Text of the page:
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Topic: (Cranberry) Muffin Assistance.  (Read 995 times)
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Kuruku
« on: June 11, 2005 12:05:43 AM »

I'm looking for a perfect cranberry muffin recipe. I have a few books that have basic muffin recipes, but I'm worried -- I want the muffin to be doughy and moist, and heavier in weight, not at all cakey like commercially bought muffins. Any suggestions to how to achieve a consistency like that? I'm guessing that it's the baking powder that makes a muffin cakey but I could likely be wrong.

Moderator edit to move recipe to this thread Smiley

Brilliant advice from everybody!

Now I understand why all muffin recipes I find instruct to mix 'just until moistened.'

I actually found a muffin recipe that worked for exactly what I was looking for. It did turn out a little 'rubbery,' but that was kinda what I was looking for  Wink

1/4 c. melted butter/oil
1 1/2 c. flour
2 tsp. baking powder
1/2 tsp. salt
1/2 c. sugar (I used brown)
1 egg
1/2 c. milk

Mix together dry, separately mix 'wet,' add to well in dry, mix 'just until moistened' and back at 375 for...The regular amount of time (I can't recall, perhaps 20 mins?)

OH and cranberries. I added those, frozen, about a cup.
« Last Edit: January 30, 2011 09:18:09 AM by Troublet - Reason: edited to move recipe to OP » THIS ROCKS   Logged

francie pants
« Reply #1 on: June 11, 2005 11:54:16 AM »

our baker makes the most fan'futtin'tabulous fresh cranberry and white chocolate chip muffins.  they're not at all cakey... more like sugary rich dessert.  i'll see if i can weasel his recipe away Smiley
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Kuruku
« Reply #2 on: June 11, 2005 02:12:31 PM »

Oh, my, those sound amazing...
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McAuliflower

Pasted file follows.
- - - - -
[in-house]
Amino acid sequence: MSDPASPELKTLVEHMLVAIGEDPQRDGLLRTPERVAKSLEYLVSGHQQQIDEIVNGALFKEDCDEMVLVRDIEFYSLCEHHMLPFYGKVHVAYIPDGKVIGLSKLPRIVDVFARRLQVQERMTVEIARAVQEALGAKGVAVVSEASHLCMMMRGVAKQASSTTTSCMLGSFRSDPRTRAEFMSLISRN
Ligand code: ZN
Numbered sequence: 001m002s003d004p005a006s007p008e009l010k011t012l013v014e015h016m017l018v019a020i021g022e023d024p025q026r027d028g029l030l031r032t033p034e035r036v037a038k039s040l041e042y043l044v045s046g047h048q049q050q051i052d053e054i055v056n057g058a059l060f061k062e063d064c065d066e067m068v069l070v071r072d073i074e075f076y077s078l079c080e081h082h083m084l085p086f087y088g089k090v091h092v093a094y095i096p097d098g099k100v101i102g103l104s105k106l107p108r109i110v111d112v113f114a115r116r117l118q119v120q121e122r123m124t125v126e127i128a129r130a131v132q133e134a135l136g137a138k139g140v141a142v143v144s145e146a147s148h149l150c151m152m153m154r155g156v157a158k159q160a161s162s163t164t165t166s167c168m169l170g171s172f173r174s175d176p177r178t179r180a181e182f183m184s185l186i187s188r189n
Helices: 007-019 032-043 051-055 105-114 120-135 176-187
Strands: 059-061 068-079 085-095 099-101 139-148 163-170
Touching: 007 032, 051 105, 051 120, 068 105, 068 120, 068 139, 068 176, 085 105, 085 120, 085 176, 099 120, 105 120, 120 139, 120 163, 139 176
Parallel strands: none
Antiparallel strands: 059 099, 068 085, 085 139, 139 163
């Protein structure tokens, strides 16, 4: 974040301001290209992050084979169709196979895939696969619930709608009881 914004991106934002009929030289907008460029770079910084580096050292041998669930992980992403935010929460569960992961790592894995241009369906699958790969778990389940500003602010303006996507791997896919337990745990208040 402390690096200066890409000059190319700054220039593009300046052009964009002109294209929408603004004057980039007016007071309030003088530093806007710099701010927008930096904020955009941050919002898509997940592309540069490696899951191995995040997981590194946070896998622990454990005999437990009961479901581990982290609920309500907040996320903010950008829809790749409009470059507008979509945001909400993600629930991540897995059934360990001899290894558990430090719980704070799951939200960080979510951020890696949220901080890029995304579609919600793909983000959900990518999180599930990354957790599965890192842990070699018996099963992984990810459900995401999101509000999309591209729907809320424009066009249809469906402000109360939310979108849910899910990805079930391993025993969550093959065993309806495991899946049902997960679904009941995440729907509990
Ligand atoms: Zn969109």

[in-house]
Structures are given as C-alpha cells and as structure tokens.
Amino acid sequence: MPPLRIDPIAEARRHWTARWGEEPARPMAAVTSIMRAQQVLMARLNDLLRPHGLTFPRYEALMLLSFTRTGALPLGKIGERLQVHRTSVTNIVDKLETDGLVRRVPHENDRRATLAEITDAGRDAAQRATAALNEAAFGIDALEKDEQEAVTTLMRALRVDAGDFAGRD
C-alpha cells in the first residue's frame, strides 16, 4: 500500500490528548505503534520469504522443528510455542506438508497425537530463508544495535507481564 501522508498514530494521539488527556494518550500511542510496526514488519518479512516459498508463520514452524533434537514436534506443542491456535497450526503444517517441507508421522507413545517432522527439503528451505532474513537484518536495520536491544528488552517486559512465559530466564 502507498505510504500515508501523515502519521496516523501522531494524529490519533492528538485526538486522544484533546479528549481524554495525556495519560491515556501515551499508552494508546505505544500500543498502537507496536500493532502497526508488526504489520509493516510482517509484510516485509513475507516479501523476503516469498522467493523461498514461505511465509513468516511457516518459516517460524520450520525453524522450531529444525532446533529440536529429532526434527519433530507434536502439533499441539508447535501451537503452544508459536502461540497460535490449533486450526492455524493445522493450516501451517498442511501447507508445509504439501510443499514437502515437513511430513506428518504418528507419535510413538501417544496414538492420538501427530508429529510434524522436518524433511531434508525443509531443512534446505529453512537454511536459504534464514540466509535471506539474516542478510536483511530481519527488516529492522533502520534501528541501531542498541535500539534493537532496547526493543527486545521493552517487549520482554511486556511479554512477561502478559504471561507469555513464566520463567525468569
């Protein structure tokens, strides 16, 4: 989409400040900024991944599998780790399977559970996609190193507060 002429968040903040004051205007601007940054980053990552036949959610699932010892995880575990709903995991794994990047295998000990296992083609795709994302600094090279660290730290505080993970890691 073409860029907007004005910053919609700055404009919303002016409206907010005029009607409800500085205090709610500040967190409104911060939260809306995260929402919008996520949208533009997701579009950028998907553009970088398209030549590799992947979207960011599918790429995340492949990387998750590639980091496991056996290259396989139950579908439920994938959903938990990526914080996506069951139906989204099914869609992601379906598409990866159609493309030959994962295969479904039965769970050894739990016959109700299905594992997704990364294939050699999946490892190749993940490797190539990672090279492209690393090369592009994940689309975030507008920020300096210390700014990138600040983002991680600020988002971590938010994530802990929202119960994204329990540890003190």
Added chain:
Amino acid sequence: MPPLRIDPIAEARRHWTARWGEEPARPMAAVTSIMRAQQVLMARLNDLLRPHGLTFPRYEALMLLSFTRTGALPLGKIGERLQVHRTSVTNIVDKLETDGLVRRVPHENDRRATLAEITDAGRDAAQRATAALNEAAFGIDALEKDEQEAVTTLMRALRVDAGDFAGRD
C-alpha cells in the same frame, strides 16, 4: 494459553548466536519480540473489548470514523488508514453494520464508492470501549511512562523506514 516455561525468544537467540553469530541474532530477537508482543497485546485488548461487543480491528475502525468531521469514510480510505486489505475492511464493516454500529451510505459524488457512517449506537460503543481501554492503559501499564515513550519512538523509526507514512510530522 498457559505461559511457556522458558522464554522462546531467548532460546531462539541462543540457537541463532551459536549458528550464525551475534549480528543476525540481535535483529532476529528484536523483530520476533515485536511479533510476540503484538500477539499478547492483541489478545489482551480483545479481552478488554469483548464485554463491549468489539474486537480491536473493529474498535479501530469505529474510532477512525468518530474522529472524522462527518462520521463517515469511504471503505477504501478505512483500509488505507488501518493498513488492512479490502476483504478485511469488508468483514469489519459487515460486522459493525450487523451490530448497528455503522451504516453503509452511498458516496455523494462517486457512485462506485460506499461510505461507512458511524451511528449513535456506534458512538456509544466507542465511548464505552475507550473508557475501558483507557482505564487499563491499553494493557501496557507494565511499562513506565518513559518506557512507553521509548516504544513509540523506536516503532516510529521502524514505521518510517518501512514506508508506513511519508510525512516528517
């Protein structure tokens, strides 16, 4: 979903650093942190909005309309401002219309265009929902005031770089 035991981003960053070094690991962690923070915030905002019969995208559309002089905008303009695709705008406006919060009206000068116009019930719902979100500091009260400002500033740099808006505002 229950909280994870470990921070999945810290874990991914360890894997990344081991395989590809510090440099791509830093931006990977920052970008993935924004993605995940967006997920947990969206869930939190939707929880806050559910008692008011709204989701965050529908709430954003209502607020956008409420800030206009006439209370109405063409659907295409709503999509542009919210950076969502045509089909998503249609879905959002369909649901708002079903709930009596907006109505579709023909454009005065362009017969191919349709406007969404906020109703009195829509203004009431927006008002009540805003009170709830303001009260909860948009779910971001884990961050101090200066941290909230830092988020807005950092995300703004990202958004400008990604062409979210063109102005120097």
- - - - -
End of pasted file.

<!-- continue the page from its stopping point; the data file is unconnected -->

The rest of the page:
« Reply #3 on: June 12, 2005 12:51:07 PM »

I'm looking for a perfect cranberry muffin recipe. I have a few books that have basic muffin recipes, but I'm worried -- I want the muffin to be doughy and moist, and heavier in weight, not at all cakey like commercially bought muffins. Any suggestions to how to achieve a consistency like that? I'm guessing that it's the baking powder that makes a muffin cakey but I could likely be wrong.

From your description it sounds like you need to look into recipes that aren't muffin recipes.

Alton Brown's recent baking book... I'm Just Here For More Food  has a nice break down on muffins that you might like to peruse in a bookstore sometime. 

Muffins are usually characterized by their interior showing all different shapes of air bubbles.  A muffin that has only small tiny air bubbles is actually just a cake mix- and not a muffin.

It sounds like you want a product with tinier, more squished together air bubbles, and one that is moister as well.  Something that might be more like a poundcake or a dense brownie?

I'm thinking that if you want a dense moist heavy product there a couple of options:
 1) Take a muffin recipe and break the internal structure by over-mixing the batter.  Undermixing the batter is a huge component to making your muffins light and airy.  Since you don't want that- do the opposite and mix away.
 2) Increase the amount of sugar you use to increase the denseness and moisture of your finished muffin.  In fact- use brown sugar instead of white and that will get you started.
 3) Play around with decreasing your leavening amounts like you suggested.